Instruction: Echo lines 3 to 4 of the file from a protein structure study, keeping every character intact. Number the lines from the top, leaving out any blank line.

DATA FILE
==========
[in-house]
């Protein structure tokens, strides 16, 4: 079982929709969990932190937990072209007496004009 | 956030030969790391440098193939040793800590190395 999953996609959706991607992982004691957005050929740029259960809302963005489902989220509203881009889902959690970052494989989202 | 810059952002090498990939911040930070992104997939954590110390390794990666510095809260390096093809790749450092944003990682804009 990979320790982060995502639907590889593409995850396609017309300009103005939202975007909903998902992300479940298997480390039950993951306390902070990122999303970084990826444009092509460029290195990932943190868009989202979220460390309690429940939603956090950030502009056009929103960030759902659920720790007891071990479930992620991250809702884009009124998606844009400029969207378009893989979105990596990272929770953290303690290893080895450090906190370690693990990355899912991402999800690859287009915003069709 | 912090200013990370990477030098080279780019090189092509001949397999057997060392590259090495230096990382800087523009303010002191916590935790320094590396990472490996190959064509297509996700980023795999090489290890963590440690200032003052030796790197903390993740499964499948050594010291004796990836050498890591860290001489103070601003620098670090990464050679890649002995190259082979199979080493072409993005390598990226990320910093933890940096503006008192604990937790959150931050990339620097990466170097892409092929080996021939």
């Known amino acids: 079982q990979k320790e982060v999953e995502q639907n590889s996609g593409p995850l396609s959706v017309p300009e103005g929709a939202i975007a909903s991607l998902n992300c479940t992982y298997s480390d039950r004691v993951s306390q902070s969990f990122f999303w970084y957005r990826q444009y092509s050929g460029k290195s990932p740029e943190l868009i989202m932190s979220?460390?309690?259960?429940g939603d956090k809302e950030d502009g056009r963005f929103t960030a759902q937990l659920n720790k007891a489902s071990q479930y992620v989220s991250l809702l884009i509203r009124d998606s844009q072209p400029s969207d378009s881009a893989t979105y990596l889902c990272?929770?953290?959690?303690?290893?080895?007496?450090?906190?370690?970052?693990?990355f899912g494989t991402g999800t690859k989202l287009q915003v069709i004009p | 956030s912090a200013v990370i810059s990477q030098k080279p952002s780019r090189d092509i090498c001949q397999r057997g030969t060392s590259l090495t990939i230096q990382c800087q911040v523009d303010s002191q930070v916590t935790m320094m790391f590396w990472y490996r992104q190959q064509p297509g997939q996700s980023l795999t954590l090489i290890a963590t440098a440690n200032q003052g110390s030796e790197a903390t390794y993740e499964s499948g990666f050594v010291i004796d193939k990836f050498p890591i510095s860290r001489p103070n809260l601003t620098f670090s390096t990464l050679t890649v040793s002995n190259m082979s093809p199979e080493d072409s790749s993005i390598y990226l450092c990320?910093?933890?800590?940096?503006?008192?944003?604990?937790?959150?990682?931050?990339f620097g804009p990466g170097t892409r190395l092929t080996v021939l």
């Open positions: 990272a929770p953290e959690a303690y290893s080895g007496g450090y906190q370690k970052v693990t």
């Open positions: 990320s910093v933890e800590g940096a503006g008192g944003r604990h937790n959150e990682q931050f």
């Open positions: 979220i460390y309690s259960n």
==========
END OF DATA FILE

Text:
């Known amino acids: 079982q990979k320790e982060v999953e995502q639907n590889s996609g593409p995850l396609s959706v017309p300009e103005g929709a939202i975007a909903s991607l998902n992300c479940t992982y298997s480390d039950r004691v993951s306390q902070s969990f990122f999303w970084y957005r990826q444009y092509s050929g460029k290195s990932p740029e943190l868009i989202m932190s979220?460390?309690?259960?429940g939603d956090k809302e950030d502009g056009r963005f929103t960030a759902q937990l659920n720790k007891a489902s071990q479930y992620v989220s991250l809702l884009i509203r009124d998606s844009q072209p400029s969207d378009s881009a893989t979105y990596l889902c990272?929770?953290?959690?303690?290893?080895?007496?450090?906190?370690?970052?693990?990355f899912g494989t991402g999800t690859k989202l287009q915003v069709i004009p | 956030s912090a200013v990370i810059s990477q030098k080279p952002s780019r090189d092509i090498c001949q397999r057997g030969t060392s590259l090495t990939i230096q990382c800087q911040v523009d303010s002191q930070v916590t935790m320094m790391f590396w990472y490996r992104q190959q064509p297509g997939q996700s980023l795999t954590l090489i290890a963590t440098a440690n200032q003052g110390s030796e790197a903390t390794y993740e499964s499948g990666f050594v010291i004796d193939k990836f050498p890591i510095s860290r001489p103070n809260l601003t620098f670090s390096t990464l050679t890649v040793s002995n190259m082979s093809p199979e080493d072409s790749s993005i390598y990226l450092c990320?910093?933890?800590?940096?503006?008192?944003?604990?937790?959150?990682?931050?990339f620097g804009p990466g170097t892409r190395l092929t080996v021939l």
């Open positions: 990272a929770p953290e959690a303690y290893s080895g007496g450090y906190q370690k970052v693990t």